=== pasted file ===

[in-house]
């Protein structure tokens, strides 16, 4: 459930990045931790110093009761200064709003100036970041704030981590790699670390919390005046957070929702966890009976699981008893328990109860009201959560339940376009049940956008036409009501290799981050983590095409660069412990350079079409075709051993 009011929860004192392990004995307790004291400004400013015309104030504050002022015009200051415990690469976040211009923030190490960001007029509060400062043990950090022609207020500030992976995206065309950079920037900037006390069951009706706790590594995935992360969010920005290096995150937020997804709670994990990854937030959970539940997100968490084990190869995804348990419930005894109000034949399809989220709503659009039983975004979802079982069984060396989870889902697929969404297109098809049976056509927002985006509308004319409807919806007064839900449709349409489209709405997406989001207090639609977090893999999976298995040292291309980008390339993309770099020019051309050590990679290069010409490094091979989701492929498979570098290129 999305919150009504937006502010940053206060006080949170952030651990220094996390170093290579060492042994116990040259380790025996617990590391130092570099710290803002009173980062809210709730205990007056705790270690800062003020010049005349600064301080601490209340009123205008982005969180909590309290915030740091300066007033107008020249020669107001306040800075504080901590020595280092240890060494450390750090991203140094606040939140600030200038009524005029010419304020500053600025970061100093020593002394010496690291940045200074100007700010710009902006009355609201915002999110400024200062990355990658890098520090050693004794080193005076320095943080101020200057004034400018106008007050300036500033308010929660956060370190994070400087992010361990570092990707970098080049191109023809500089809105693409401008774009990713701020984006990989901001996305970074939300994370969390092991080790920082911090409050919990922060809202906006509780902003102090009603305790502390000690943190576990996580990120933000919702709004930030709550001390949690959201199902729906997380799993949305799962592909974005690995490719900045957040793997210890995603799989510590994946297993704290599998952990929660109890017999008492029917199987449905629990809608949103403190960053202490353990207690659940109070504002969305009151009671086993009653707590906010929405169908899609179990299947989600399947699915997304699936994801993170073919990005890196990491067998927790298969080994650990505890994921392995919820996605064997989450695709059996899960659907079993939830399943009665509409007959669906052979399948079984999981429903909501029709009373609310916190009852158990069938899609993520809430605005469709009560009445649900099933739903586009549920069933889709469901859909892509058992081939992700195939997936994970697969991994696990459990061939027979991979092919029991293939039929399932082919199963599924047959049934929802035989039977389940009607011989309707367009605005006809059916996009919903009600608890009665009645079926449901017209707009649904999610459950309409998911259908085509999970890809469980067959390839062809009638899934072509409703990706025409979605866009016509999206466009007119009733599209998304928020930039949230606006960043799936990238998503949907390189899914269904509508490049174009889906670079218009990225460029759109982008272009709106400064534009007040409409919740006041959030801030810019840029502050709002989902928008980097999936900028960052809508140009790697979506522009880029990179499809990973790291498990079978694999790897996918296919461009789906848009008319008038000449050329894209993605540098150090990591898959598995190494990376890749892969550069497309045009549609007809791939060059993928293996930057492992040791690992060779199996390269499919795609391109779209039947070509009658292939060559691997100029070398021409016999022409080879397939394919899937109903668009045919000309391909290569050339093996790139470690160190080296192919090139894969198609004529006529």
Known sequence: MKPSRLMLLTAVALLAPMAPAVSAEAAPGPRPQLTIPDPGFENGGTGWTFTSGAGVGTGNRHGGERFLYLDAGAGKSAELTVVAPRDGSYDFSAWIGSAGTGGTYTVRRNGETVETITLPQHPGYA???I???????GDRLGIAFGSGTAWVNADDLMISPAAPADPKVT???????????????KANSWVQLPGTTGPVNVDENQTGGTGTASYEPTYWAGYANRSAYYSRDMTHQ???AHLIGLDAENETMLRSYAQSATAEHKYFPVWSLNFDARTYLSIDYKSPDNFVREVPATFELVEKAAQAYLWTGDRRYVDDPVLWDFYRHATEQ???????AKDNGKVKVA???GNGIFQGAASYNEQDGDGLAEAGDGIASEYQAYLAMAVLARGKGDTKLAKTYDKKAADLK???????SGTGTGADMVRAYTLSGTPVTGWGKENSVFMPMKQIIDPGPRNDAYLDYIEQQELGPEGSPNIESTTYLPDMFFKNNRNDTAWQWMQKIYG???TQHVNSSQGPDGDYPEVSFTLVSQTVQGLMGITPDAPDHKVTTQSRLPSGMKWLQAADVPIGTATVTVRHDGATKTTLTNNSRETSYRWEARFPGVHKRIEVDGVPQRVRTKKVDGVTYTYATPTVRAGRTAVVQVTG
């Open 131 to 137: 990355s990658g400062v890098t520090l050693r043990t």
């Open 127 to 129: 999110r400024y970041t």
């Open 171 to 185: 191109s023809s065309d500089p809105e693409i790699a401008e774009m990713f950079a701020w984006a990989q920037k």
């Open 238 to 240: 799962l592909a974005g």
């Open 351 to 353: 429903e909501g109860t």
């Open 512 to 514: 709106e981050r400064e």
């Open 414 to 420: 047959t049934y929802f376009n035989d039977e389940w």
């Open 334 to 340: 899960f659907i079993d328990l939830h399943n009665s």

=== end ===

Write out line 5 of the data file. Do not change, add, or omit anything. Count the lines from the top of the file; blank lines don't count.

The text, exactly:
């Open 127 to 129: 999110r400024y970041t």